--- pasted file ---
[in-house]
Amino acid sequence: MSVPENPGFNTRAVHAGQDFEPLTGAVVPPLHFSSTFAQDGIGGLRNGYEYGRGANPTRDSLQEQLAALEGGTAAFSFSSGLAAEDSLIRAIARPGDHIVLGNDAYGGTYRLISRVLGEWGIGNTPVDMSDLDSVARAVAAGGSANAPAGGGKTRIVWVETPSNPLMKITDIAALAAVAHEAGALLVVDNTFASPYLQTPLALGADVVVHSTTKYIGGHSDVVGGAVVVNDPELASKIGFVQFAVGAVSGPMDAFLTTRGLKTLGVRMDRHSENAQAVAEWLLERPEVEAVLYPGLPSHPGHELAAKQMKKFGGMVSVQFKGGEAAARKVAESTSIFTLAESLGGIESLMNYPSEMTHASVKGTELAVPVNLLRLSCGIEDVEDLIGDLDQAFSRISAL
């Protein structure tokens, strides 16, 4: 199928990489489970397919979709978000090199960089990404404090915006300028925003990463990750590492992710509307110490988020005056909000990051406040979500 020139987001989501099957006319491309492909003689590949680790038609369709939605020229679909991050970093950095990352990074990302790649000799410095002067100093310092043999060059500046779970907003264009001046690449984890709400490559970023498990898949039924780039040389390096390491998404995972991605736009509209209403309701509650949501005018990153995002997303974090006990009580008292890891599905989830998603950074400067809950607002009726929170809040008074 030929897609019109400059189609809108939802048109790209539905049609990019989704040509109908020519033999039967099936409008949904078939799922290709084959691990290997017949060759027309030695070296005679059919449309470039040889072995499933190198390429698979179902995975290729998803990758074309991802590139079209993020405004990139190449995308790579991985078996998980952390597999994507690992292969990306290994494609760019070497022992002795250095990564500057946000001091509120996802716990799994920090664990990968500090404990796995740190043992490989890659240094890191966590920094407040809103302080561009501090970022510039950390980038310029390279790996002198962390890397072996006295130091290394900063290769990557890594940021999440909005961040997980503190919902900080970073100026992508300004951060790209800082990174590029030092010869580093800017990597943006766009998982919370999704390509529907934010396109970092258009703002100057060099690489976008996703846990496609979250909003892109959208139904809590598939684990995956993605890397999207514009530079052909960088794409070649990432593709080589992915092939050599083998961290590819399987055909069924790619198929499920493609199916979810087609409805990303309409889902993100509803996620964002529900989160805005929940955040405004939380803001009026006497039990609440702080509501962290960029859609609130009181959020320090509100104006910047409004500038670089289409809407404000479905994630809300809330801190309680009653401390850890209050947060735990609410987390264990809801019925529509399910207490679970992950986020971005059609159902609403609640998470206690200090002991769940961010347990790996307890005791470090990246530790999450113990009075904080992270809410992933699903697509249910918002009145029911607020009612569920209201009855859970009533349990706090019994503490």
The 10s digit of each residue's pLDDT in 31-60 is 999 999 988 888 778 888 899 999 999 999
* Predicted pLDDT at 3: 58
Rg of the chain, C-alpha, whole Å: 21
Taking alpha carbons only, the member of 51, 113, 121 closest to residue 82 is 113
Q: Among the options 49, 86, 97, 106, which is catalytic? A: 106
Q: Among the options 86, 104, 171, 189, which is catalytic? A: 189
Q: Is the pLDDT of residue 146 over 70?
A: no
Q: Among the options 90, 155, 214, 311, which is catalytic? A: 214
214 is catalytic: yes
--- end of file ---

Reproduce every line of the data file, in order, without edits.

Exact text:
[in-house]
Amino acid sequence: MSVPENPGFNTRAVHAGQDFEPLTGAVVPPLHFSSTFAQDGIGGLRNGYEYGRGANPTRDSLQEQLAALEGGTAAFSFSSGLAAEDSLIRAIARPGDHIVLGNDAYGGTYRLISRVLGEWGIGNTPVDMSDLDSVARAVAAGGSANAPAGGGKTRIVWVETPSNPLMKITDIAALAAVAHEAGALLVVDNTFASPYLQTPLALGADVVVHSTTKYIGGHSDVVGGAVVVNDPELASKIGFVQFAVGAVSGPMDAFLTTRGLKTLGVRMDRHSENAQAVAEWLLERPEVEAVLYPGLPSHPGHELAAKQMKKFGGMVSVQFKGGEAAARKVAESTSIFTLAESLGGIESLMNYPSEMTHASVKGTELAVPVNLLRLSCGIEDVEDLIGDLDQAFSRISAL
């Protein structure tokens, strides 16, 4: 199928990489489970397919979709978000090199960089990404404090915006300028925003990463990750590492992710509307110490988020005056909000990051406040979500 020139987001989501099957006319491309492909003689590949680790038609369709939605020229679909991050970093950095990352990074990302790649000799410095002067100093310092043999060059500046779970907003264009001046690449984890709400490559970023498990898949039924780039040389390096390491998404995972991605736009509209209403309701509650949501005018990153995002997303974090006990009580008292890891599905989830998603950074400067809950607002009726929170809040008074 030929897609019109400059189609809108939802048109790209539905049609990019989704040509109908020519033999039967099936409008949904078939799922290709084959691990290997017949060759027309030695070296005679059919449309470039040889072995499933190198390429698979179902995975290729998803990758074309991802590139079209993020405004990139190449995308790579991985078996998980952390597999994507690992292969990306290994494609760019070497022992002795250095990564500057946000001091509120996802716990799994920090664990990968500090404990796995740190043992490989890659240094890191966590920094407040809103302080561009501090970022510039950390980038310029390279790996002198962390890397072996006295130091290394900063290769990557890594940021999440909005961040997980503190919902900080970073100026992508300004951060790209800082990174590029030092010869580093800017990597943006766009998982919370999704390509529907934010396109970092258009703002100057060099690489976008996703846990496609979250909003892109959208139904809590598939684990995956993605890397999207514009530079052909960088794409070649990432593709080589992915092939050599083998961290590819399987055909069924790619198929499920493609199916979810087609409805990303309409889902993100509803996620964002529900989160805005929940955040405004939380803001009026006497039990609440702080509501962290960029859609609130009181959020320090509100104006910047409004500038670089289409809407404000479905994630809300809330801190309680009653401390850890209050947060735990609410987390264990809801019925529509399910207490679970992950986020971005059609159902609403609640998470206690200090002991769940961010347990790996307890005791470090990246530790999450113990009075904080992270809410992933699903697509249910918002009145029911607020009612569920209201009855859970009533349990706090019994503490």
The 10s digit of each residue's pLDDT in 31-60 is 999 999 988 888 778 888 899 999 999 999
* Predicted pLDDT at 3: 58
Rg of the chain, C-alpha, whole Å: 21
Taking alpha carbons only, the member of 51, 113, 121 closest to residue 82 is 113
Q: Among the options 49, 86, 97, 106, which is catalytic? A: 106
Q: Among the options 86, 104, 171, 189, which is catalytic? A: 189
Q: Is the pLDDT of residue 146 over 70?
A: no
Q: Among the options 90, 155, 214, 311, which is catalytic? A: 214
214 is catalytic: yes